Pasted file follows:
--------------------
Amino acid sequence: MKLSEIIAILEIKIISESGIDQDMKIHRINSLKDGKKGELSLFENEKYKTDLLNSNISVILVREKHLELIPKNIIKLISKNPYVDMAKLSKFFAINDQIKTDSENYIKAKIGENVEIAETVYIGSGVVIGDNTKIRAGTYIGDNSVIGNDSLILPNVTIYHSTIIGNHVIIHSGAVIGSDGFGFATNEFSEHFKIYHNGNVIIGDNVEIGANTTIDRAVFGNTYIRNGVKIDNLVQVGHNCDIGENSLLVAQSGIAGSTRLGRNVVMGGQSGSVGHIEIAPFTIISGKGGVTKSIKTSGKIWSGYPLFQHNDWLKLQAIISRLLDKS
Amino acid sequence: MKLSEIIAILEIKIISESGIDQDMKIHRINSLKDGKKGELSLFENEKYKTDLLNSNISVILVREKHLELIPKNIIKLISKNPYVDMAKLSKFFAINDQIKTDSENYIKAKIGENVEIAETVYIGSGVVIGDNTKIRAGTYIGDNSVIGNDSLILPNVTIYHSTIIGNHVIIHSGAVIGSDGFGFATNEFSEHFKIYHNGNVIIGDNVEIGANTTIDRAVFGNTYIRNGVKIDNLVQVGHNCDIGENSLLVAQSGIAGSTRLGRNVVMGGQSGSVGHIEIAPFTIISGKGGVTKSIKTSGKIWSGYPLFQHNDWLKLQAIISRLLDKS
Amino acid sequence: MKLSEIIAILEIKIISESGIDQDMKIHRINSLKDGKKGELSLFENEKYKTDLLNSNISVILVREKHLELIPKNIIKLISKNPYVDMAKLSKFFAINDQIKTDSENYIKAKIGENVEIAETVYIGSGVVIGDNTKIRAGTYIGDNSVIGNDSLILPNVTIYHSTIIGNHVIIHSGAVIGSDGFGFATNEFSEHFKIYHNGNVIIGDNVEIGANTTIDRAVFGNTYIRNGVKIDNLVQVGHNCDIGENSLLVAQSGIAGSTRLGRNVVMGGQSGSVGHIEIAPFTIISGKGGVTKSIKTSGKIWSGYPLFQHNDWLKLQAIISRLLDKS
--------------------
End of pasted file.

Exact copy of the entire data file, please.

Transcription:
Amino acid sequence: MKLSEIIAILEIKIISESGIDQDMKIHRINSLKDGKKGELSLFENEKYKTDLLNSNISVILVREKHLELIPKNIIKLISKNPYVDMAKLSKFFAINDQIKTDSENYIKAKIGENVEIAETVYIGSGVVIGDNTKIRAGTYIGDNSVIGNDSLILPNVTIYHSTIIGNHVIIHSGAVIGSDGFGFATNEFSEHFKIYHNGNVIIGDNVEIGANTTIDRAVFGNTYIRNGVKIDNLVQVGHNCDIGENSLLVAQSGIAGSTRLGRNVVMGGQSGSVGHIEIAPFTIISGKGGVTKSIKTSGKIWSGYPLFQHNDWLKLQAIISRLLDKS
Amino acid sequence: MKLSEIIAILEIKIISESGIDQDMKIHRINSLKDGKKGELSLFENEKYKTDLLNSNISVILVREKHLELIPKNIIKLISKNPYVDMAKLSKFFAINDQIKTDSENYIKAKIGENVEIAETVYIGSGVVIGDNTKIRAGTYIGDNSVIGNDSLILPNVTIYHSTIIGNHVIIHSGAVIGSDGFGFATNEFSEHFKIYHNGNVIIGDNVEIGANTTIDRAVFGNTYIRNGVKIDNLVQVGHNCDIGENSLLVAQSGIAGSTRLGRNVVMGGQSGSVGHIEIAPFTIISGKGGVTKSIKTSGKIWSGYPLFQHNDWLKLQAIISRLLDKS
Amino acid sequence: MKLSEIIAILEIKIISESGIDQDMKIHRINSLKDGKKGELSLFENEKYKTDLLNSNISVILVREKHLELIPKNIIKLISKNPYVDMAKLSKFFAINDQIKTDSENYIKAKIGENVEIAETVYIGSGVVIGDNTKIRAGTYIGDNSVIGNDSLILPNVTIYHSTIIGNHVIIHSGAVIGSDGFGFATNEFSEHFKIYHNGNVIIGDNVEIGANTTIDRAVFGNTYIRNGVKIDNLVQVGHNCDIGENSLLVAQSGIAGSTRLGRNVVMGGQSGSVGHIEIAPFTIISGKGGVTKSIKTSGKIWSGYPLFQHNDWLKLQAIISRLLDKS